Communicating the financial state of the school district is critical to building trust in a time of constant scrutiny. Your goal should be to ensure frequency, clarity, and most importantly, for those communications to build a narrative that proves you are mindful of taxpayer funds. Communicate it correctly and you are sure to gain the public’s support.

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Posted in Budget & Finance, Community Outreach, Education
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Criteria to Consider When Deciding to Seek Funding from the Public

April 5, 2014

While governments make decisions about seeking sales taxes, operating levies and bond issues that are driven by needs or necessities, a consideration that is often overlooked is whether the opinion environment is propitious enough for such requests to be viable. Need alone does not ensure success. Although public opinion polling and other forms of research are essential for making decisions about what the public wants or will support, based on years of experience assisting local governments, such as cities, counties, school systems, human services providers and transit agencies, Fallon Research has formulated a list of other factors that it recommends for considering before placing an issue on the ballot:

Financial Resources Available – Paradoxically, in the information era, waging campaigns for public approval has become more expensive and difficult. Consulting with the campaign chairman to determine the prospective outreach campaign budget prior to formally announcing a tax request can avert unpleasant surprises and help develop reasonable expectations about how much money is needed and must be raised;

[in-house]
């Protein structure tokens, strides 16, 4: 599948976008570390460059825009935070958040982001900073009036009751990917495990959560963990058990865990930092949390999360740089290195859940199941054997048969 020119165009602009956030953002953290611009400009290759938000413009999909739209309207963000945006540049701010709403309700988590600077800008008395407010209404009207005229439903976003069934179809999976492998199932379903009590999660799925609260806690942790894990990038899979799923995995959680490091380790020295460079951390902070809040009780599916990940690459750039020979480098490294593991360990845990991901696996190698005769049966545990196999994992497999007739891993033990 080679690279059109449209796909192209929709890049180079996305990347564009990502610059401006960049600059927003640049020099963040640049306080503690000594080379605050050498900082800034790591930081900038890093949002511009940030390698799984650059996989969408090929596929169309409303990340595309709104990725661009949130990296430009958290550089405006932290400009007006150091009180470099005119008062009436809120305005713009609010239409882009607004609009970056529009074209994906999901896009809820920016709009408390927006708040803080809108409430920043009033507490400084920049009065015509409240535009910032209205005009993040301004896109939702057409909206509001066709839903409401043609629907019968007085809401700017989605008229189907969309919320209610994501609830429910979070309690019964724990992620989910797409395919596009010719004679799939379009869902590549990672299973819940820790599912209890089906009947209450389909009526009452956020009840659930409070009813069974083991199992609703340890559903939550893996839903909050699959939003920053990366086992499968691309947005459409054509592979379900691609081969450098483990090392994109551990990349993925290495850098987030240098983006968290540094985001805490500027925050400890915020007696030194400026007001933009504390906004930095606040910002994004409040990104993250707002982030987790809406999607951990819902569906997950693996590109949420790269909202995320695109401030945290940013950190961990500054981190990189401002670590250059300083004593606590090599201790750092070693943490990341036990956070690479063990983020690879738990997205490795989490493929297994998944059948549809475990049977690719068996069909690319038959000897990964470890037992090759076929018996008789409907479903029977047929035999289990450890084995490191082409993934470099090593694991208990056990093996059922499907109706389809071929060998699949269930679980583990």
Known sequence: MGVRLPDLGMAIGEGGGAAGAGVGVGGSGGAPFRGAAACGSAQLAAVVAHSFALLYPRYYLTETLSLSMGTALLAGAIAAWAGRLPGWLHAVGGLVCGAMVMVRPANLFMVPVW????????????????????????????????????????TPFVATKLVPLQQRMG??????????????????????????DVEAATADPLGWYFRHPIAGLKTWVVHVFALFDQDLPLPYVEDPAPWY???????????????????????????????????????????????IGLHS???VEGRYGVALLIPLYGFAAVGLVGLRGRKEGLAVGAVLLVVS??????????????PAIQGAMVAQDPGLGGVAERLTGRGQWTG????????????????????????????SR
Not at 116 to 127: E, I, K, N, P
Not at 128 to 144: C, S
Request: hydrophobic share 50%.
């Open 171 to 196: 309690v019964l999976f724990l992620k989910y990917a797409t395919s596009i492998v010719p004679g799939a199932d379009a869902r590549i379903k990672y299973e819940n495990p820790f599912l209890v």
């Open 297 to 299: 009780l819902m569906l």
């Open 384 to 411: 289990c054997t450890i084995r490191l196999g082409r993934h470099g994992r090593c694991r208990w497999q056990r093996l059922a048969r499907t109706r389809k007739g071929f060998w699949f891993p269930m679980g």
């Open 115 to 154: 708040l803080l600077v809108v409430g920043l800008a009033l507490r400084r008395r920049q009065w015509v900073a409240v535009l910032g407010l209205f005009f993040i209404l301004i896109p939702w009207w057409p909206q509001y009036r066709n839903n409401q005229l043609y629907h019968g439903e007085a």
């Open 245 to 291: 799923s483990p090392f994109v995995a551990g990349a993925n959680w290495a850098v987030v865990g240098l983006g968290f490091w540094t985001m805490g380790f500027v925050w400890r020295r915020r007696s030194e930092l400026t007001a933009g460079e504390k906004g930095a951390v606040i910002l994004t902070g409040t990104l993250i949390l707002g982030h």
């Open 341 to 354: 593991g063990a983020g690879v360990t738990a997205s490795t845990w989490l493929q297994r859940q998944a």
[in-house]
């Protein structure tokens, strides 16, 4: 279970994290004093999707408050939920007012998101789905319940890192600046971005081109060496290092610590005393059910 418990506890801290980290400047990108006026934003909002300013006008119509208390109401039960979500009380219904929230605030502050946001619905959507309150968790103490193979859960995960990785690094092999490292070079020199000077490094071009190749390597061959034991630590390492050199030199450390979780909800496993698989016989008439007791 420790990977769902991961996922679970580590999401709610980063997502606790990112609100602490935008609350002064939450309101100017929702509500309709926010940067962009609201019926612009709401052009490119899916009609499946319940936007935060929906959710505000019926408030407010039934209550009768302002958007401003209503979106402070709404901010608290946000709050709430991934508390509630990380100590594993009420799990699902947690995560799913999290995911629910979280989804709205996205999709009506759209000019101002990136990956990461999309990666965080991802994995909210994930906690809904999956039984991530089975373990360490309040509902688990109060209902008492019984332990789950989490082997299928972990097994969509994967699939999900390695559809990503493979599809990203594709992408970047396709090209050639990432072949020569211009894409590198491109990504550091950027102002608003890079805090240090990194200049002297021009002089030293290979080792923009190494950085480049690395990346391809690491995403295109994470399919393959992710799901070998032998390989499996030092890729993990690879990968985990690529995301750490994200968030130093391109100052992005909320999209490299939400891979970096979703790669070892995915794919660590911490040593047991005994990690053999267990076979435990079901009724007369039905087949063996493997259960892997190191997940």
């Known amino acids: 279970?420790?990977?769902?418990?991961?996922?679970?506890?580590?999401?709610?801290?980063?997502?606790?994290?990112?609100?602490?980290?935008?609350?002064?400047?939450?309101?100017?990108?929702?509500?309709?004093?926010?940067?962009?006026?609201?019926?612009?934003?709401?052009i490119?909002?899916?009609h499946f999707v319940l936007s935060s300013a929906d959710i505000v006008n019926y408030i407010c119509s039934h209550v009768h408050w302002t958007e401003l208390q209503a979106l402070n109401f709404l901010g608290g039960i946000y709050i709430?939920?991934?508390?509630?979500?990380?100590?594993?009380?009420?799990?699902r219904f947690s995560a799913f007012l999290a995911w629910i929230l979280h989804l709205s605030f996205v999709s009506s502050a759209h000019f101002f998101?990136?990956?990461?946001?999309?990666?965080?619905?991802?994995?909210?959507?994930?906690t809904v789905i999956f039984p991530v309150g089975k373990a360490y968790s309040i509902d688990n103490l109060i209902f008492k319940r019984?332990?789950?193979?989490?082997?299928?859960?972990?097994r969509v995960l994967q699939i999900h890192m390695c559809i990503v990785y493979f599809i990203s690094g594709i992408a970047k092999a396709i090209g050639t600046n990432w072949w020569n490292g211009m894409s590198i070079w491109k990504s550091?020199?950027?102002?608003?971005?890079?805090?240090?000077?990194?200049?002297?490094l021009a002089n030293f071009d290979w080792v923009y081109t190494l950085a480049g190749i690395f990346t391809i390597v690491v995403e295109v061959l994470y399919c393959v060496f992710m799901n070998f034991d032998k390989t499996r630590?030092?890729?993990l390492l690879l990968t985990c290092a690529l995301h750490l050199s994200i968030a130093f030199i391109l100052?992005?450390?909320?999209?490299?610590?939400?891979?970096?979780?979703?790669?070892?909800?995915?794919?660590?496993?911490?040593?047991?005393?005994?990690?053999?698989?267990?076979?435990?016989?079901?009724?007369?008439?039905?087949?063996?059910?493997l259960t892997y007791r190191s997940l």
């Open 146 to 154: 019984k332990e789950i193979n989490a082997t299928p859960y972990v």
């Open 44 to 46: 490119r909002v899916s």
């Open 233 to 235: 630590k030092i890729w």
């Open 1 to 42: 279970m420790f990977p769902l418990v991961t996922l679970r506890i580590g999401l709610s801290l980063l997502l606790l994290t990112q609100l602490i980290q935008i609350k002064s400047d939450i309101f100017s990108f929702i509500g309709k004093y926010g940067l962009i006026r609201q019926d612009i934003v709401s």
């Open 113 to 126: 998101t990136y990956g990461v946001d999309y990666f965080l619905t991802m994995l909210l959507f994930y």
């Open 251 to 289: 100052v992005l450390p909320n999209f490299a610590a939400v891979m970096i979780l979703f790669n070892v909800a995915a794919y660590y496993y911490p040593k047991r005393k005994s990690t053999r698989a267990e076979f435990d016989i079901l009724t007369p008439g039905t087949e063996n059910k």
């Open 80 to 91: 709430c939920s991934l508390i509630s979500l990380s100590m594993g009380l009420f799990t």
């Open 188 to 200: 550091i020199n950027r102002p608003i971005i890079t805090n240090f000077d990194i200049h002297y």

Human Resources Available – Have a clear understanding of what kind of volunteer force is willing and available for fundraising, delivering pamphlets and signs, and door-to-door public engagement. Don’t forget to take into account the time of year, such as the effect of weather, which can dampen spirits;

Timing – Perhaps, the most important – and overlooked – consideration, it is imperative to evaluate the effect of voter turnout, such as what types of voters will participate in a particular election and what proportion of them fits the profile to support your request. It also is important to know what other levy requests will be on the ballot at the same time, so there is an understanding of how much competition there is for donations, volunteers and, most importantly, the attention of voters & beleaguered taxpayers;